Massachusetts has announced $15.5 million of new funding to support alternative fuel vehicles and related infrastructure. The investment, which includes $11.7 million in Congestion Mitigation and Air Quality funds from the US DOT, will be split among several programs, including an electric school bus pilot.
The first phase of the Massachusetts Electric Vehicle Incentive Program (MassEVIP) consists of $555,000 in grants, which were awarded to 20 cities for the acquisition of 47 EVs and the installation of 17 dual-head charging stations. Under the second phase, up to $7,500 per EV and up to $15,000 per public charging station will be available to eligible entities, which include municipalities, state agencies, car-share companies, and public universities.
Working in partnership with the Clinton Global Initiative’s EV V2G School Bus Demonstration, the Massachusetts Department of Energy Resources (DOER) will provide $1.8 million in grants for eight electric school buses with vehicle-to-grid capability, which will be able to serve as backup energy resources during natural disasters.
“Electric vehicles are a priority as we work to reduce greenhouse gas emissions and meet the aggressive emission reductions set under the Global Warming Solution Act,” said Massachusetts Department of Environmental Protection (MassDEP) Commissioner Kenneth Kimmell. “The transportation sector accounts for roughly one-third of the greenhouse gases emitted in Massachusetts, so the deployment of more electric-battery and plug-in hybrid vehicles is an important step toward helping the Commonwealth achieve our ambitious goals.”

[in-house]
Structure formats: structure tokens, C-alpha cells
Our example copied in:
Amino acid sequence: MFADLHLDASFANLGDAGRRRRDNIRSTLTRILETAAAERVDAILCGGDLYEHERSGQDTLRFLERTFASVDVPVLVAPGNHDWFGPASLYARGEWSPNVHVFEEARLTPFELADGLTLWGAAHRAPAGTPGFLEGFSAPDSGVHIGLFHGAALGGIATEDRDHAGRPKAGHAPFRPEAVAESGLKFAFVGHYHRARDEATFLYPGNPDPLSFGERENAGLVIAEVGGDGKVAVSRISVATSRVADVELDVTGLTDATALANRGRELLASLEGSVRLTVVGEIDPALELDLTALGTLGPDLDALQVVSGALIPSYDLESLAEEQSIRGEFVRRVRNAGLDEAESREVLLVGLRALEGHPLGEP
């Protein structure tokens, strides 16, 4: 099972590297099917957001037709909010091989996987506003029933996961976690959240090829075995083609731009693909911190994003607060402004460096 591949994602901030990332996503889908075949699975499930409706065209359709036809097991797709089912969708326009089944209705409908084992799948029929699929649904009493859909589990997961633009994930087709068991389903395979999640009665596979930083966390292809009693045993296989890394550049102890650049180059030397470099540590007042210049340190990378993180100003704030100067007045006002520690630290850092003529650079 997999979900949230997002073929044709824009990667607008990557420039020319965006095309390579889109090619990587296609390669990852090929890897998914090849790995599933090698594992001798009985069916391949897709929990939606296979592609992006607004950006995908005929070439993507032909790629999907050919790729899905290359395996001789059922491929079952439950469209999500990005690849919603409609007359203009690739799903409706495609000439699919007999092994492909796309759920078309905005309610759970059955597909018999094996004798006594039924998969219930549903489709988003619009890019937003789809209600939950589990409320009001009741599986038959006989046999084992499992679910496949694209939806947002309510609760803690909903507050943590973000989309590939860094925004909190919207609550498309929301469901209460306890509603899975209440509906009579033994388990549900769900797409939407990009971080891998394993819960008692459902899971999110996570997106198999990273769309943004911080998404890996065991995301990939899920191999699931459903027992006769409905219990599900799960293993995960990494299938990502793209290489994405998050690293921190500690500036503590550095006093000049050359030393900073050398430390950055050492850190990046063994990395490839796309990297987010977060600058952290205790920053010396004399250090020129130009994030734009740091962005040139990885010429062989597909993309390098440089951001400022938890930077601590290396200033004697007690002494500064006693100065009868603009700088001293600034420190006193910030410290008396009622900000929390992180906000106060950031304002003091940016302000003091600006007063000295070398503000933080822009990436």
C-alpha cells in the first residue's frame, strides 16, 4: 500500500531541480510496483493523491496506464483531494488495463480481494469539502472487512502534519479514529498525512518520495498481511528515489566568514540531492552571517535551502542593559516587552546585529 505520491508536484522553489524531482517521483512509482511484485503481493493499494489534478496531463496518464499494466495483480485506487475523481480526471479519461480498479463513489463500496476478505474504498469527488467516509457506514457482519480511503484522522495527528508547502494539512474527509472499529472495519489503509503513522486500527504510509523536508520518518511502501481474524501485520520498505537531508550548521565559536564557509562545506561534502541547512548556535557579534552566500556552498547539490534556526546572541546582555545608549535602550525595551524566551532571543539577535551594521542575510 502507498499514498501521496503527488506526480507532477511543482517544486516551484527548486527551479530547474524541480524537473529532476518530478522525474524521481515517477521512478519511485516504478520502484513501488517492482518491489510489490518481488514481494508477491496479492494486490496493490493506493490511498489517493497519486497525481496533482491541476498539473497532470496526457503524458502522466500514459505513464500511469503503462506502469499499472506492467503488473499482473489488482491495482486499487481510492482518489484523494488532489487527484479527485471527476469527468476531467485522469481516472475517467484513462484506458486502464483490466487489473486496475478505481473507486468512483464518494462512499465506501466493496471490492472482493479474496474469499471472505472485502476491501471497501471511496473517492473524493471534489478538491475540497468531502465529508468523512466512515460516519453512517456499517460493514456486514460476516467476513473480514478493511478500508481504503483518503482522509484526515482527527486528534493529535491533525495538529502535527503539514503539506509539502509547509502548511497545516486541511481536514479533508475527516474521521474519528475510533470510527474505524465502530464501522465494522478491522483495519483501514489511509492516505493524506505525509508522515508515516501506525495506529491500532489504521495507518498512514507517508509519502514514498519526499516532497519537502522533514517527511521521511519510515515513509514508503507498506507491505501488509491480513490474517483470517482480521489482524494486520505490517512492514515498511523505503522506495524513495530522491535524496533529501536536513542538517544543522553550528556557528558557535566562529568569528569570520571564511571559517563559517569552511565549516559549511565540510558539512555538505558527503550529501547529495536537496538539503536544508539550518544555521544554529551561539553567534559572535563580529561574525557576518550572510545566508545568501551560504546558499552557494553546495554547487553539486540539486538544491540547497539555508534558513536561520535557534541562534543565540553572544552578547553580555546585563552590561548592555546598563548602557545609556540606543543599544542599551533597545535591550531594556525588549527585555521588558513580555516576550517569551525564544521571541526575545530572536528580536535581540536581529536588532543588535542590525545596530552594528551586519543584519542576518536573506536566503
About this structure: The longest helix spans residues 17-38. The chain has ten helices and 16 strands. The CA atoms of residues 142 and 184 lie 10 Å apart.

“These investments signify the ongoing support of sustainable transportation initiatives at all levels of government,” said David Mohler, MassDOT’s Deputy Secretary for Policy. “Our partners within the Patrick Administration, in the federal government and at the local level are making great strides to increase the use of alternative fuel vehicles in accordance with our GreenDOT policy to reduce emissions, promote healthy transportation, and support smart growth.”
Image: Nicolas Raymond/Flickr
Source: State of Massachusetts via Green Car Congress